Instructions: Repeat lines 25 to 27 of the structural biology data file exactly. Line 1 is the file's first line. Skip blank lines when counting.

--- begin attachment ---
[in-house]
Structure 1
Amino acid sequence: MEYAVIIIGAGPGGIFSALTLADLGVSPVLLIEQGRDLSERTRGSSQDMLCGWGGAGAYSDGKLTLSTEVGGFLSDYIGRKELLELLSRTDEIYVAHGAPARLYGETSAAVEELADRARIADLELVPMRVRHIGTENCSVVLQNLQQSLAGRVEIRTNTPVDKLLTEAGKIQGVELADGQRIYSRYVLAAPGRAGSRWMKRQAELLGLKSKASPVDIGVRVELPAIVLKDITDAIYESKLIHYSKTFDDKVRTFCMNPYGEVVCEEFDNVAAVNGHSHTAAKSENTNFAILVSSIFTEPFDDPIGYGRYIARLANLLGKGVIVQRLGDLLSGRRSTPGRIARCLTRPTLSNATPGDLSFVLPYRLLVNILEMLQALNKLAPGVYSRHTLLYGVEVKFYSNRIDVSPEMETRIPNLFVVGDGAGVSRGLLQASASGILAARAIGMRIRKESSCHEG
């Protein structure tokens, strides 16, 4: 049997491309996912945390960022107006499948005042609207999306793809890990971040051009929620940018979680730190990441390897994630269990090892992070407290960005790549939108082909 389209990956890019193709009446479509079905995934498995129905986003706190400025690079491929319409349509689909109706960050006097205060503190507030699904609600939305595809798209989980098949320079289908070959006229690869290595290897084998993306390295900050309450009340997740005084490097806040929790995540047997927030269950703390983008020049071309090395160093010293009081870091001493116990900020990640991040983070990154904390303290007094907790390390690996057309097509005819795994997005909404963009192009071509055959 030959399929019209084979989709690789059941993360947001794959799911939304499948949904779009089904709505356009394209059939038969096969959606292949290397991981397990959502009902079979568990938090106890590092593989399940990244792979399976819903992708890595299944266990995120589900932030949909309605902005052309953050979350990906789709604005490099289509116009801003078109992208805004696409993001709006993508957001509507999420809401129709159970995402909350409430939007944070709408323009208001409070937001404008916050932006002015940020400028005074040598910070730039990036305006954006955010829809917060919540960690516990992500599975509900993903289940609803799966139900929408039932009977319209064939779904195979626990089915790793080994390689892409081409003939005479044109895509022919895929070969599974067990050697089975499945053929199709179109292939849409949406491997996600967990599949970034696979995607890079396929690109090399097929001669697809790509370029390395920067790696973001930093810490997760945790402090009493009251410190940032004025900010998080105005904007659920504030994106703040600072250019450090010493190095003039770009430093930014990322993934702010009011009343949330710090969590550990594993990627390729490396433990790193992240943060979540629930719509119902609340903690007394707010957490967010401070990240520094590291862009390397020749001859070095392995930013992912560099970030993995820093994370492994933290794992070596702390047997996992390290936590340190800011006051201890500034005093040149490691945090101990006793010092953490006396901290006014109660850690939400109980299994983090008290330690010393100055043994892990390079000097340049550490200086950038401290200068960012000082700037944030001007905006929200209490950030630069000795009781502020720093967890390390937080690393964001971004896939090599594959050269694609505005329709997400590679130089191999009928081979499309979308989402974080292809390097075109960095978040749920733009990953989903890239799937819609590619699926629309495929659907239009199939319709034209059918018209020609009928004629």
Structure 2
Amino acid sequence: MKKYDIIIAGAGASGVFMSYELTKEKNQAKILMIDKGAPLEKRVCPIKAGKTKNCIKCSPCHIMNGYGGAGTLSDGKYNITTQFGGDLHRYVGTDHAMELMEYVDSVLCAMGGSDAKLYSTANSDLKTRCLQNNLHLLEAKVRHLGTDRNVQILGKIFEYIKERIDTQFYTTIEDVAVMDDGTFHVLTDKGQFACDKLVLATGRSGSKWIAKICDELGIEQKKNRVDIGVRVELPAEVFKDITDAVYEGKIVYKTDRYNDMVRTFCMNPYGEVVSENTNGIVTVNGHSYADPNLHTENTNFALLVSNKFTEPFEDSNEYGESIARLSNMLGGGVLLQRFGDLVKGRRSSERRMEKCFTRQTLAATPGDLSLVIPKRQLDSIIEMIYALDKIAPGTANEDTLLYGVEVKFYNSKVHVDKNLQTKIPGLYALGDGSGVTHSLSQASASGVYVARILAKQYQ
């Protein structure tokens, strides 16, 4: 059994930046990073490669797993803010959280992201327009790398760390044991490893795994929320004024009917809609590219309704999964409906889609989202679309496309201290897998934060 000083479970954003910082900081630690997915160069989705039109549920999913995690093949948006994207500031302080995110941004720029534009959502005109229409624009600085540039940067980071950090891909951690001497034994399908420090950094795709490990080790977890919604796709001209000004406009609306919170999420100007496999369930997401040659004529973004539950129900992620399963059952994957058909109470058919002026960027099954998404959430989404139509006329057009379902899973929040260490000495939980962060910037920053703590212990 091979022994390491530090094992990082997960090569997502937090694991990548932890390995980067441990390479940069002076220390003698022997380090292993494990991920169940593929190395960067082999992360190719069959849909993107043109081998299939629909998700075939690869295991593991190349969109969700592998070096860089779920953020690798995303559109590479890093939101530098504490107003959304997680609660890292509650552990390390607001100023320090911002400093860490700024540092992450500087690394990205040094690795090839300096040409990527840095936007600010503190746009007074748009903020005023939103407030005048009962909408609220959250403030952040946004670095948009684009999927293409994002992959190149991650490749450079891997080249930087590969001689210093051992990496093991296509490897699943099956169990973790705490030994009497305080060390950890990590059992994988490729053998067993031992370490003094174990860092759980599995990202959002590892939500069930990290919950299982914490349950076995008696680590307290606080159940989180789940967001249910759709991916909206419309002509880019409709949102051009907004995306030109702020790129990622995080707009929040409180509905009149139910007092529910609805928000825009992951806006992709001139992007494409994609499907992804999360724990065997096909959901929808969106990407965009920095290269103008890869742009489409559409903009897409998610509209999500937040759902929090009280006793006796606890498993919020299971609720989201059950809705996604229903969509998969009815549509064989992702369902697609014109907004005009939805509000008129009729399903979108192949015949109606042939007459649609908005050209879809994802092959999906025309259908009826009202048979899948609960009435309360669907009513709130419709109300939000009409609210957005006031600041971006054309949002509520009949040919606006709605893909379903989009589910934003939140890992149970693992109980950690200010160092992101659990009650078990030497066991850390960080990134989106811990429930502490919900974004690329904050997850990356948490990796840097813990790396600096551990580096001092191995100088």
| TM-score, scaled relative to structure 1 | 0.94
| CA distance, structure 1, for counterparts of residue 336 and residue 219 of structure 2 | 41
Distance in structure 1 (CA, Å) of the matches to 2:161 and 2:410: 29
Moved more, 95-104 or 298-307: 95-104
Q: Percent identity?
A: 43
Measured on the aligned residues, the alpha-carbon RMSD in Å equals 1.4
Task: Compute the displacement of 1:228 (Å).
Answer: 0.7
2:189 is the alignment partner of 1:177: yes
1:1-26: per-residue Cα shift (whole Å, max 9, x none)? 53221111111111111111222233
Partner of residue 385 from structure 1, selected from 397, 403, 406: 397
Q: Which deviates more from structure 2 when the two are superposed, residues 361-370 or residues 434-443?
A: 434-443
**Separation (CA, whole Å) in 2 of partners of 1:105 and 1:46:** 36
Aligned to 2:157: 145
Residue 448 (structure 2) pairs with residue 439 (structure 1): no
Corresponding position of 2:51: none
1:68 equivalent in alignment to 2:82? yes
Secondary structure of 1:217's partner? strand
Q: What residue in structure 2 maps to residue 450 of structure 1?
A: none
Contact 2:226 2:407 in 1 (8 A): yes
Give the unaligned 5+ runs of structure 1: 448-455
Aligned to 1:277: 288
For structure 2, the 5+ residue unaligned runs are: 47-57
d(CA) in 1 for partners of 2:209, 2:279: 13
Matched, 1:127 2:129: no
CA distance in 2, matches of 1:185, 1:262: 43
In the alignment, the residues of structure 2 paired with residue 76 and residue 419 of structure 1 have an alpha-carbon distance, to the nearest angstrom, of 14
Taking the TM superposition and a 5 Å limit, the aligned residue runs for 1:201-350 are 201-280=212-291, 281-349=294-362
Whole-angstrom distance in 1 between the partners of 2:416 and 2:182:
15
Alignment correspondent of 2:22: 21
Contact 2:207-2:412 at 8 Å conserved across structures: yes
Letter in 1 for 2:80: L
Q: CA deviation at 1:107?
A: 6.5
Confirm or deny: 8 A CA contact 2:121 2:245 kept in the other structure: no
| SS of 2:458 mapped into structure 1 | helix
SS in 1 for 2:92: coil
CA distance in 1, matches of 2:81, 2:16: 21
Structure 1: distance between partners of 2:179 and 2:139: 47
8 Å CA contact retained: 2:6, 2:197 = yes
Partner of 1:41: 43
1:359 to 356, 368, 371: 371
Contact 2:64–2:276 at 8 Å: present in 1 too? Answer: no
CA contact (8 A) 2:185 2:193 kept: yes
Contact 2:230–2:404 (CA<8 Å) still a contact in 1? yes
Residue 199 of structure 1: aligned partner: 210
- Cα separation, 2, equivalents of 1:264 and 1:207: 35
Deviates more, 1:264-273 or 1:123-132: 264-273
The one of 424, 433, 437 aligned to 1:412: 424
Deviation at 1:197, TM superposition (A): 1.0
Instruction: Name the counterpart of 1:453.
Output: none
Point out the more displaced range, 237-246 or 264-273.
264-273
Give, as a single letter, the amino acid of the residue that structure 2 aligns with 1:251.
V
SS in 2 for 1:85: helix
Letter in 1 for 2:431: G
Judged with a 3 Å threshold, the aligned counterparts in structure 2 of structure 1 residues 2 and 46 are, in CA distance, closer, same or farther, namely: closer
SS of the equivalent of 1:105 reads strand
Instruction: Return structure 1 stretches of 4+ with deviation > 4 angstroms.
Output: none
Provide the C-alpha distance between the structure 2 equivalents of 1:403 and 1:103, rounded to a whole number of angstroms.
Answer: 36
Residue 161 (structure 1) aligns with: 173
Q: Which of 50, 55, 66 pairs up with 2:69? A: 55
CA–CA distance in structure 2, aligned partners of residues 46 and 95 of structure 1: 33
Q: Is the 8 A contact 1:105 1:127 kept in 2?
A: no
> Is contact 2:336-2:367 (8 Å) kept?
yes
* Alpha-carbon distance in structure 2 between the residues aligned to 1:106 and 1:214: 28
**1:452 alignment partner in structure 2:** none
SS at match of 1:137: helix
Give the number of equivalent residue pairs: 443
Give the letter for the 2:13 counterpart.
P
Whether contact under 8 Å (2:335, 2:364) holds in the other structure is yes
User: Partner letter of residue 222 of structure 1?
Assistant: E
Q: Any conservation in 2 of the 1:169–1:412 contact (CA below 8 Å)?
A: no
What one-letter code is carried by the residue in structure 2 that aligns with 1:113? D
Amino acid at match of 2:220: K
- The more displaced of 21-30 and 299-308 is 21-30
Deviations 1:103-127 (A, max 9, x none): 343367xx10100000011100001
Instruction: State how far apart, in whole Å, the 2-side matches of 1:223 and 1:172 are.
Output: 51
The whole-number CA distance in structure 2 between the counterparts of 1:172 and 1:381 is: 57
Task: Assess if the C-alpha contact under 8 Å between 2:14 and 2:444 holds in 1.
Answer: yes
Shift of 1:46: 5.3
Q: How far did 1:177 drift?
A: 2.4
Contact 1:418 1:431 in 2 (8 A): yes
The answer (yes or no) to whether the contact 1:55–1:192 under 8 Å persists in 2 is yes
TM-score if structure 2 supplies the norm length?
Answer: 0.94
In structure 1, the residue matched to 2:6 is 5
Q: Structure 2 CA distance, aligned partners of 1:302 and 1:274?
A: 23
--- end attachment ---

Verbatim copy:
Corresponding position of 2:51: none
1:68 equivalent in alignment to 2:82? yes
Secondary structure of 1:217's partner? strand